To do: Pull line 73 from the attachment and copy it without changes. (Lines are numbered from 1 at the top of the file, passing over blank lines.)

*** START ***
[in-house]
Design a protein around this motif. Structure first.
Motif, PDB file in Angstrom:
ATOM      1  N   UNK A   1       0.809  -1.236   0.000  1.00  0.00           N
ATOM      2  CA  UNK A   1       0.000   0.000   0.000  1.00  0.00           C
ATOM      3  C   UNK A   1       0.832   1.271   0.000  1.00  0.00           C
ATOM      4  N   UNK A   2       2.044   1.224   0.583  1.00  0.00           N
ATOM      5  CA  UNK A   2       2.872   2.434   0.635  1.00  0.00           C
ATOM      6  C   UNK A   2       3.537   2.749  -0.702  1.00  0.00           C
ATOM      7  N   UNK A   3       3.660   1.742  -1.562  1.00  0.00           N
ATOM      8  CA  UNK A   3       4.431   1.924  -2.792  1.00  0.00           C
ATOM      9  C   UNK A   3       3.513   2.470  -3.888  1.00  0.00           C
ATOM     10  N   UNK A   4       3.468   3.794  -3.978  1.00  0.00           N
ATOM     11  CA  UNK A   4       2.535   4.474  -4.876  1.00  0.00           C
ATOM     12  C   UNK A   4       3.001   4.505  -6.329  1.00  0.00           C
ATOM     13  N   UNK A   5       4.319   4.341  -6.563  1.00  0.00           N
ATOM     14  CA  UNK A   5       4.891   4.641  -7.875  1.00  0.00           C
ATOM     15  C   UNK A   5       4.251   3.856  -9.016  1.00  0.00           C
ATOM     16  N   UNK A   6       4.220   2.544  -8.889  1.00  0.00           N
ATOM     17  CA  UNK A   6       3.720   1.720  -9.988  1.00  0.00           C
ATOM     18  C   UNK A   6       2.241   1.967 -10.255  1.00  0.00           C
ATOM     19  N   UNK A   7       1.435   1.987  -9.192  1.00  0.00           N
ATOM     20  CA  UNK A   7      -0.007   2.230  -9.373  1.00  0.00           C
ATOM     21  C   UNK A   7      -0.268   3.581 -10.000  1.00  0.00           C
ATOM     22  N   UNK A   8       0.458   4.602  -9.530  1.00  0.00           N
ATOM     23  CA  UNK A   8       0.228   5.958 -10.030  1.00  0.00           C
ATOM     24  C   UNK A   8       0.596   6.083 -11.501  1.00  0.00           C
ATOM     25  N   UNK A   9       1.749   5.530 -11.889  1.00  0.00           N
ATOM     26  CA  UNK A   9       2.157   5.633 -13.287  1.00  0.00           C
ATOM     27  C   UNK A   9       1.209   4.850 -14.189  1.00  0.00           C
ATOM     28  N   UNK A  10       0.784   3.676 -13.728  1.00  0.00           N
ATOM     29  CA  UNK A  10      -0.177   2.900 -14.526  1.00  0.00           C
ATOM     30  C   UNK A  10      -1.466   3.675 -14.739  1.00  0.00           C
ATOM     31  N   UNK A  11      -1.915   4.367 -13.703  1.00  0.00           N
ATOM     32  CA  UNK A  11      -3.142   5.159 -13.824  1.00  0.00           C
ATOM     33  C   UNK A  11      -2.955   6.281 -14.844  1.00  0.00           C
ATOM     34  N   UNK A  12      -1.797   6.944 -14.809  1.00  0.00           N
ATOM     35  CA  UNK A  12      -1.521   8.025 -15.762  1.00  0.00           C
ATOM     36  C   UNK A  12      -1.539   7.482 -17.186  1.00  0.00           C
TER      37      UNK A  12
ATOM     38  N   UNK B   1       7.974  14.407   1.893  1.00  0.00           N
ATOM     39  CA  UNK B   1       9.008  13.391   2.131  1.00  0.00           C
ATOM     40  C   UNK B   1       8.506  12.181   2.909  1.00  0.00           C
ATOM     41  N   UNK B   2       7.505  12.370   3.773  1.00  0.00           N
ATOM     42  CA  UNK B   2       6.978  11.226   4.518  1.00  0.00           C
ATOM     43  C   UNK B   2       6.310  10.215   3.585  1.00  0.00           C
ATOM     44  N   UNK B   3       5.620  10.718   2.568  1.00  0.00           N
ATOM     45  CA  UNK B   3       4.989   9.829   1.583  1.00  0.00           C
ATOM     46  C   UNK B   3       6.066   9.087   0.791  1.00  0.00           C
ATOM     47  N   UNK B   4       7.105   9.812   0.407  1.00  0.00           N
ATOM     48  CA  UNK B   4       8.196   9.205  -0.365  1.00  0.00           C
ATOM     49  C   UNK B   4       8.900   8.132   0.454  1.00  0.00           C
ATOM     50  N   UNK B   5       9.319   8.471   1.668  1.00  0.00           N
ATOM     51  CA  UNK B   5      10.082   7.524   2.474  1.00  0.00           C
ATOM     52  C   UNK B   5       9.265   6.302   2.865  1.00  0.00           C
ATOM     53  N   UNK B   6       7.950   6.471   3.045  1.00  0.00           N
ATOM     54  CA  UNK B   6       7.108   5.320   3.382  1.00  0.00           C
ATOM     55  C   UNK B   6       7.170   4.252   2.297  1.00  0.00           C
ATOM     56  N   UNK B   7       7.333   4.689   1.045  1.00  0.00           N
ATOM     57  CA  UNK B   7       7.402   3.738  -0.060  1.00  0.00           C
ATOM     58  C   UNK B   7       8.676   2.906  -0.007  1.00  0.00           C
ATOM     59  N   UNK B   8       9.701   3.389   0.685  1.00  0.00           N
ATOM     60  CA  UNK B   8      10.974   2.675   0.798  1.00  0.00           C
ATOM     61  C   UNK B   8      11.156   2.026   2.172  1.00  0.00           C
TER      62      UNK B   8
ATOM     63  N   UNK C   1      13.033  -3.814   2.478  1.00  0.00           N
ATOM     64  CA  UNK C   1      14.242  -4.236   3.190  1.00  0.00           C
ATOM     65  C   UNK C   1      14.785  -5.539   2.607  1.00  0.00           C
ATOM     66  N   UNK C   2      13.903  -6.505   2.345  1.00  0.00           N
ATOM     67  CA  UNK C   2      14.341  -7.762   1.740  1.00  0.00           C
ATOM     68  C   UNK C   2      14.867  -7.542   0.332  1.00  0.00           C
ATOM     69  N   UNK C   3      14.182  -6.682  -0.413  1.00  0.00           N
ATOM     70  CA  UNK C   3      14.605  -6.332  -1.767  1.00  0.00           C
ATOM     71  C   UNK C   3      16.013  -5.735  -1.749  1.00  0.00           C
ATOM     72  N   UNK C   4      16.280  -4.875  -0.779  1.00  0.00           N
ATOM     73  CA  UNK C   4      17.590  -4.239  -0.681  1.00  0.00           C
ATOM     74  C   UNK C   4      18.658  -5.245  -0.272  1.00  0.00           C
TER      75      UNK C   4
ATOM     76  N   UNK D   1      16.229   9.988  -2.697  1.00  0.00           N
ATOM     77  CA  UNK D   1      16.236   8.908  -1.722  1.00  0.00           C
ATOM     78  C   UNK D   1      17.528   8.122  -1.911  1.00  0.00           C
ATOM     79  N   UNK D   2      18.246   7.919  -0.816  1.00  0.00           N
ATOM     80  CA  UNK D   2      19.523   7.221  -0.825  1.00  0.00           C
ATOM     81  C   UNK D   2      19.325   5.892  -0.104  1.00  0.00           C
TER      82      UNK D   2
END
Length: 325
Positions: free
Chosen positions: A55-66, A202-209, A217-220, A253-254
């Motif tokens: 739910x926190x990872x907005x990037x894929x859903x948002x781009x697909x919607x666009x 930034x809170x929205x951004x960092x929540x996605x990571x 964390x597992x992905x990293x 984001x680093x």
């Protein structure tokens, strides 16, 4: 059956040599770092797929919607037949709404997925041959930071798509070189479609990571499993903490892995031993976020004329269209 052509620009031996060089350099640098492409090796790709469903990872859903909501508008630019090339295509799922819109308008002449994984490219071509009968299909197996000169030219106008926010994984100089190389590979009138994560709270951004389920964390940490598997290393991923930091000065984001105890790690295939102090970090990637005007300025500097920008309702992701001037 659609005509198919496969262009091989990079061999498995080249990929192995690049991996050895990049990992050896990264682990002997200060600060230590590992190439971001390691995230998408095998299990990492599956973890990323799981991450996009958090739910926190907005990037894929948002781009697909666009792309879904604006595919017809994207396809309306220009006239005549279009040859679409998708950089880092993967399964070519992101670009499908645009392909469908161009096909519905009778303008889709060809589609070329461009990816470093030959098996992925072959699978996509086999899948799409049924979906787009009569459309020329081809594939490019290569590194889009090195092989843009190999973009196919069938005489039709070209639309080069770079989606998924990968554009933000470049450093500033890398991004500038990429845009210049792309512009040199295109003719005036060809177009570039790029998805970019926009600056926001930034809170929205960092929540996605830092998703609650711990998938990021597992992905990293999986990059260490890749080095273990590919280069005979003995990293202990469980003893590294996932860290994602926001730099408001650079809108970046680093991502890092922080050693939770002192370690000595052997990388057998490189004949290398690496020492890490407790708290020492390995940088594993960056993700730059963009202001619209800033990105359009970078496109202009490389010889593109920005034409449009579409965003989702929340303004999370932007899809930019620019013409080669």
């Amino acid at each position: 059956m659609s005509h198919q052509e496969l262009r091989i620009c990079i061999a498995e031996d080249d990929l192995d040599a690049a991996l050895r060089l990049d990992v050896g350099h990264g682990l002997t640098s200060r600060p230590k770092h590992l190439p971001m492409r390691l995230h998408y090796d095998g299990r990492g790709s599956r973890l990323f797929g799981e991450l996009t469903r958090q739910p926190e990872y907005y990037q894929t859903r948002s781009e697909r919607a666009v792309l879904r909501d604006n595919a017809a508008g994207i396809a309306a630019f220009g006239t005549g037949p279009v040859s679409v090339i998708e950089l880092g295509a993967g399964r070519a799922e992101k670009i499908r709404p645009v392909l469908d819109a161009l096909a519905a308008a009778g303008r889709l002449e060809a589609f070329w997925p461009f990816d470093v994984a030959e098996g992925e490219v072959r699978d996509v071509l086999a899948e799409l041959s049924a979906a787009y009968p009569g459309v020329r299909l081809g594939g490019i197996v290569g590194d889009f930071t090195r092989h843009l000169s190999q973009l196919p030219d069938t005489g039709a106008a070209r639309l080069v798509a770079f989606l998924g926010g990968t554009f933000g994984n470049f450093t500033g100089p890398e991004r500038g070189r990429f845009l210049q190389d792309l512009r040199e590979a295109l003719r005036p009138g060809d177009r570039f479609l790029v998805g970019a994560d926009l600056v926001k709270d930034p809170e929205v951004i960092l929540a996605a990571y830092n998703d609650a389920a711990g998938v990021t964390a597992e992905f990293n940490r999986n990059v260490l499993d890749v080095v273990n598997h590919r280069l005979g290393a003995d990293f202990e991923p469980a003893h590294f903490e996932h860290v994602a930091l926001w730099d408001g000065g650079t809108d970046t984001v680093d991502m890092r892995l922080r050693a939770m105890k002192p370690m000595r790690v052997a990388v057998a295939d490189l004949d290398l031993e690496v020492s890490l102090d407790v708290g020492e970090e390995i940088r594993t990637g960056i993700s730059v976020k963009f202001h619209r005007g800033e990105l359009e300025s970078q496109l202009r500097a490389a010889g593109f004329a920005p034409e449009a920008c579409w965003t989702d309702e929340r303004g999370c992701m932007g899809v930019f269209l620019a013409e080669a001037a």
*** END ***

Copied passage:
ATOM     70  CA  UNK C   3      14.605  -6.332  -1.767  1.00  0.00           C